Following ATP, ITF Proposes Increase in Prize Money for All Pro Ranks, Aims to Narrow Gender Prize Gap
Tennis is big business for professional players, and even those in the lower ranks can earn a decent purse playing in a tournament. But now the Association of Tennis Professionals and the International Tennis Federation propose upping the stakes for players of all levels.
The ATP announced that it would increase prize money 14% each year over the next four years for nine of its Masters 1000 tournaments. These tournaments are some of the highest-level events besides Grand Slam tournaments.
Shortly after the announcement last Wednesday, the ITF proposed increases in prize money on the ITF Pro Circuit. This, however, is the lowest level of sanctioned professional tennis.
Both increases would give big name pros and up-and-coming tennis stars alike the chance to bring home more money.
The ITF surveyed more than 7,000 players and stakeholders in tennis and analyzed 14 years of data about the sport in order to determine by how much the prize money should increase.
The survey revealed a difference in prize money earned for the top 1% of male and female players. The top 50 males earned 60% of all prize money; the top 1% of females, which only number 26, earned 51% of prizes.
The survey also showed a lower success rate for players trying to achieve a professional ranking, while more ranked players were competing in junior tennis instead.
In response to the survey’s results, the ITF proposed an increase in prize money for pros of all levels. Currently, men’s tournaments through ITF have total purses of $10,000 to $15,000, while women’s tennis gives prizes between $10,000 and $100,000.
Larger prizes for male players are handled by the ATP Challenger Tour, whereas the Women’s Tennis Association delegates Challenger-level tournaments to the ITF.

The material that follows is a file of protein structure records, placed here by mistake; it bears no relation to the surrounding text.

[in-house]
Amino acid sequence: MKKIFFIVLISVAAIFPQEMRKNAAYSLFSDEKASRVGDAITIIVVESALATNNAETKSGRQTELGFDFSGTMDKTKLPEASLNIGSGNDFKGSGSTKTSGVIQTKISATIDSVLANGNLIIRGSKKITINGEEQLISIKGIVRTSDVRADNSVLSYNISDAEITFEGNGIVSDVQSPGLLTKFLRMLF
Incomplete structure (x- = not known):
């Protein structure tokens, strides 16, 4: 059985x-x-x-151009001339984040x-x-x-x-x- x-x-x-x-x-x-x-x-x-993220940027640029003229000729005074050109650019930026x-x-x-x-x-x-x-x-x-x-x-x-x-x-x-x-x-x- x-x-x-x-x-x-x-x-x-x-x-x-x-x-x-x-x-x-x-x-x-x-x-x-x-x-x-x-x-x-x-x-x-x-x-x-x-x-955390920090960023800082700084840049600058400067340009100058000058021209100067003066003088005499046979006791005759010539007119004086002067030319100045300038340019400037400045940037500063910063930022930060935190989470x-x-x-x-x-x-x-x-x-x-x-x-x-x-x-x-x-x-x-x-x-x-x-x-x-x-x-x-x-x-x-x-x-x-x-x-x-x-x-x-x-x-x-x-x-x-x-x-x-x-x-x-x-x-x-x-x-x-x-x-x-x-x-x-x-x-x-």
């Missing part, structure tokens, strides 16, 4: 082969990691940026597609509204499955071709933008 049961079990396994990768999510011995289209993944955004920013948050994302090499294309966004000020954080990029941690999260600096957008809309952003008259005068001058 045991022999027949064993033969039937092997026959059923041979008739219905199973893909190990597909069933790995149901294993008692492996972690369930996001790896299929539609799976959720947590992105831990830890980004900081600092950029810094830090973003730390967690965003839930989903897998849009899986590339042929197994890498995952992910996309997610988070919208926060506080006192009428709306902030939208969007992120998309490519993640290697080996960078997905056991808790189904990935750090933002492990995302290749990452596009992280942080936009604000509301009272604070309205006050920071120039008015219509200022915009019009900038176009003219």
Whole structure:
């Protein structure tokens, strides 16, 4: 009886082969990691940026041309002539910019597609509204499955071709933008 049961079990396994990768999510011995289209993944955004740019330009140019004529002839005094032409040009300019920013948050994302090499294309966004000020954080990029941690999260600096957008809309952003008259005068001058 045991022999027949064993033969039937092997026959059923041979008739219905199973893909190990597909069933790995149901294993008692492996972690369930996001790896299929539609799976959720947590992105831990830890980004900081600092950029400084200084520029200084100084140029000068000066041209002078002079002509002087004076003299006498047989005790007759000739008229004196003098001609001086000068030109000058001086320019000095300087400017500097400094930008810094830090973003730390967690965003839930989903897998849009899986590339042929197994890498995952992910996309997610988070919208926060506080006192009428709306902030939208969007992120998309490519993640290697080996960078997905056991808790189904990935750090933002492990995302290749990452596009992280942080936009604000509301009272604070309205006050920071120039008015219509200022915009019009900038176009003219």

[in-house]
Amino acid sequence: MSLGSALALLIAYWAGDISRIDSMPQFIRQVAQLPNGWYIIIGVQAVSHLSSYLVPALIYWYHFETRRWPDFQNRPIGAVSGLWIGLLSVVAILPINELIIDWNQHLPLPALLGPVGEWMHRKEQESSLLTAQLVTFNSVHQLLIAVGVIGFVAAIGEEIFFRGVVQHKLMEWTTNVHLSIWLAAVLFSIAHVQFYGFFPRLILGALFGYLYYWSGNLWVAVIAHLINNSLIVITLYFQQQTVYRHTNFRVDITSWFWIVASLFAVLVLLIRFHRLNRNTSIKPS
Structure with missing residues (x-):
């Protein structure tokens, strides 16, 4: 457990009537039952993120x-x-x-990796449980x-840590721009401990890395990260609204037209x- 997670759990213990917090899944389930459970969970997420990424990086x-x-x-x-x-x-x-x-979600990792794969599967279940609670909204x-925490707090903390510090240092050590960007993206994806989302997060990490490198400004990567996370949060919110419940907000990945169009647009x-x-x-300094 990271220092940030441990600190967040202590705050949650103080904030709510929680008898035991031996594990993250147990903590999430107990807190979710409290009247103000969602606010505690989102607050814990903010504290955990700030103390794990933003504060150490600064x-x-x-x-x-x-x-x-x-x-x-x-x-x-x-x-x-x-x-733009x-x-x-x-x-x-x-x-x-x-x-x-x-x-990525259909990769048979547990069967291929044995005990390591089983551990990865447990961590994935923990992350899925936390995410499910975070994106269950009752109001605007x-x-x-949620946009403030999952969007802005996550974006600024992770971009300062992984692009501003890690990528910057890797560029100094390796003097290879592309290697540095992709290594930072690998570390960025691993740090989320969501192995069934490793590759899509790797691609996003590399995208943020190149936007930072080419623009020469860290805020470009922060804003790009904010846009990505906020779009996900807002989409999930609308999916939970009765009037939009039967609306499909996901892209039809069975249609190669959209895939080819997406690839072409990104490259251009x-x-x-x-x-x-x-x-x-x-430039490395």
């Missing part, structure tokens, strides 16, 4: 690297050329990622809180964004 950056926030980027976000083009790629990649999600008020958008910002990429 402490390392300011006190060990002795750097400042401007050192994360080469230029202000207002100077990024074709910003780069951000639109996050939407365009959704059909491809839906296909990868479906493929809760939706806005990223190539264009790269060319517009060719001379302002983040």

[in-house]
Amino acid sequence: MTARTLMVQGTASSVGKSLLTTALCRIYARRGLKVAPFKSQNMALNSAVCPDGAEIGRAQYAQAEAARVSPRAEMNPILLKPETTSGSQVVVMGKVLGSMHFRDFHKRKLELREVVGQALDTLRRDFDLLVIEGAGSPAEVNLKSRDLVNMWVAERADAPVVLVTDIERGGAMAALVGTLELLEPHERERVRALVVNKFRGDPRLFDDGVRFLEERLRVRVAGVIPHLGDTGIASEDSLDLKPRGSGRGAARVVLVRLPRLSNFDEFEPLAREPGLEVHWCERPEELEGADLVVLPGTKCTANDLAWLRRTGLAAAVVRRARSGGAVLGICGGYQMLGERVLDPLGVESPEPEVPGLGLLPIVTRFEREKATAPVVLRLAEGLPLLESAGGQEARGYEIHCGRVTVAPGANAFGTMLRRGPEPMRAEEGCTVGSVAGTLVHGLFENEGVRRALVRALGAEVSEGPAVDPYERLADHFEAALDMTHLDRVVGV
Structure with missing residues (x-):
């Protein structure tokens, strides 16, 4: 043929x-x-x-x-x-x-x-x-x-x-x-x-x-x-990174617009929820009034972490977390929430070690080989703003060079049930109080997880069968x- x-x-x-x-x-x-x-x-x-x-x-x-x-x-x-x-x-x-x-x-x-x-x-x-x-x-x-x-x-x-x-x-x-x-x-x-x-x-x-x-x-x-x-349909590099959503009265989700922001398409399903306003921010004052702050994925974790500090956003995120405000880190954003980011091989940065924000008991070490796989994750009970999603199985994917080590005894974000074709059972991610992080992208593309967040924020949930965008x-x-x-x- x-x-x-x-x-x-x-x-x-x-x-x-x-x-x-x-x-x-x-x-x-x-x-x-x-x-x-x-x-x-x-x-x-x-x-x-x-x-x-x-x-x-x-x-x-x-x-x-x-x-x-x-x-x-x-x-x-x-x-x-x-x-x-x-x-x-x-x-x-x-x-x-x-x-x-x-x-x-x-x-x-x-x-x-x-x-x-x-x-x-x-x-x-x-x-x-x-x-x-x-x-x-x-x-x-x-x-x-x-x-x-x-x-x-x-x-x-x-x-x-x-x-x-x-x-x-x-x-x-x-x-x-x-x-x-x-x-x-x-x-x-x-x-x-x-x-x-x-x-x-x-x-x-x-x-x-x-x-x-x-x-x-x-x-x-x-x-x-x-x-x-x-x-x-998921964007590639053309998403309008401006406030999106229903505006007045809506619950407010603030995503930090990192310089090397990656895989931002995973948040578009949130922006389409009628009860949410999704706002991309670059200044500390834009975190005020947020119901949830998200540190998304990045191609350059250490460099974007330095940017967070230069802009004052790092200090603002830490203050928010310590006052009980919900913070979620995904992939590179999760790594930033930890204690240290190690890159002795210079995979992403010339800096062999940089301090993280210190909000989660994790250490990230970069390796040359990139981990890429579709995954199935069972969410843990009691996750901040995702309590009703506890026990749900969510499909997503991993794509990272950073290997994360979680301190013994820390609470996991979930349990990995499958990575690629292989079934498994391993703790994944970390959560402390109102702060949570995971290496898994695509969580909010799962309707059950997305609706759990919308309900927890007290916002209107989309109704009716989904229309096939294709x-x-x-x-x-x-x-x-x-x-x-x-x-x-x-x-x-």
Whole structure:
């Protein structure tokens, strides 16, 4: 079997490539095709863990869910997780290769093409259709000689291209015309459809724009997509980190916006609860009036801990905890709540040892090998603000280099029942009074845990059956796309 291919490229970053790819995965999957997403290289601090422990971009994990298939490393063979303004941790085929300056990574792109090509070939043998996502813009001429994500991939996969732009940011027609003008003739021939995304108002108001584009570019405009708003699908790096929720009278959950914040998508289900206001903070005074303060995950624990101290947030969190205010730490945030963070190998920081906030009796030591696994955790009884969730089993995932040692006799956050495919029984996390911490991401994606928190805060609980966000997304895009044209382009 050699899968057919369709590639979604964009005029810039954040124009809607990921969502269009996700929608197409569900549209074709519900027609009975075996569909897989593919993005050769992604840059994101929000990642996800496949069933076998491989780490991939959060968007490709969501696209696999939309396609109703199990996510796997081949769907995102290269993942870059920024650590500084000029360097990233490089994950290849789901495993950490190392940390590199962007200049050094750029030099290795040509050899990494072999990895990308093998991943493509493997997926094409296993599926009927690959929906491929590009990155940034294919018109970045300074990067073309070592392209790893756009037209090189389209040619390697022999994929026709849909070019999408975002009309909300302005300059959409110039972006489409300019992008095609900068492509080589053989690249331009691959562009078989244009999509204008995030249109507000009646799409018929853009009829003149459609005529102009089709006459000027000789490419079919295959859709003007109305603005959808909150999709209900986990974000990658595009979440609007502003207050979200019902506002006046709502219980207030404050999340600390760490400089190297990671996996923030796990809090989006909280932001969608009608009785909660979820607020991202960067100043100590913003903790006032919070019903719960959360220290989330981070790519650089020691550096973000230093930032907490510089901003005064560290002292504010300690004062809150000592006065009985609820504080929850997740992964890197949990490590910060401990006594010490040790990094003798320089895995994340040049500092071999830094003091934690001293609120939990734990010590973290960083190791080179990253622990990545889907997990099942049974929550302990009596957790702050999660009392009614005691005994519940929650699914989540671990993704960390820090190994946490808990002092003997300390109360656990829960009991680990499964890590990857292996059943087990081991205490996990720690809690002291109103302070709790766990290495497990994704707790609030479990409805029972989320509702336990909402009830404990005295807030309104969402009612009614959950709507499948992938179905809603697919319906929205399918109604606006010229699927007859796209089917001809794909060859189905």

Under the new proposal, which will be reviewed by the federation board in March, the prize amounts for all tournament levels would increase starting in 2016.
The $10,000 tournaments would pay out $15,000; $15,000 tournaments would pay $25,000; $50,000 tournaments would pay $60,000; $75,000 tournaments would pay $90,000; and the current top prize of $100,000 would increase to $125,000.
The proposal seeks to close prize amount gaps between genders, especially for players with lower rankings. ITF analyzed data from players to determine the minimum rank needed to make money on their careers, finding that men ranked No. 336 earned the same as a woman ranked No. 253.
While the benefits of tennis are equal for amateur players, helping them lose a half a pound a week for every three to four hours played, for instance, prizes among male and female pros are not always distributed equally. Female players also have fewer tournaments to choose from, which results in higher expenses and more travel in order to compete.
However, the news from ITF arrives at a time when female coaches are in demand. In March, Andy Murray parted ways with his longtime coach and hired Amélie Mauresmo, a former No. 1 tennis pro, this June.
Now more female coaches are being hired by pros, especially those in the WTA. For instance, Agnieszka Radwanska recently hired Martina Navratilova, holder of 18 Grand Slam titles; Madison Keys hired Lindsay Davenport, a three-time Grand Slam winner, as her coach.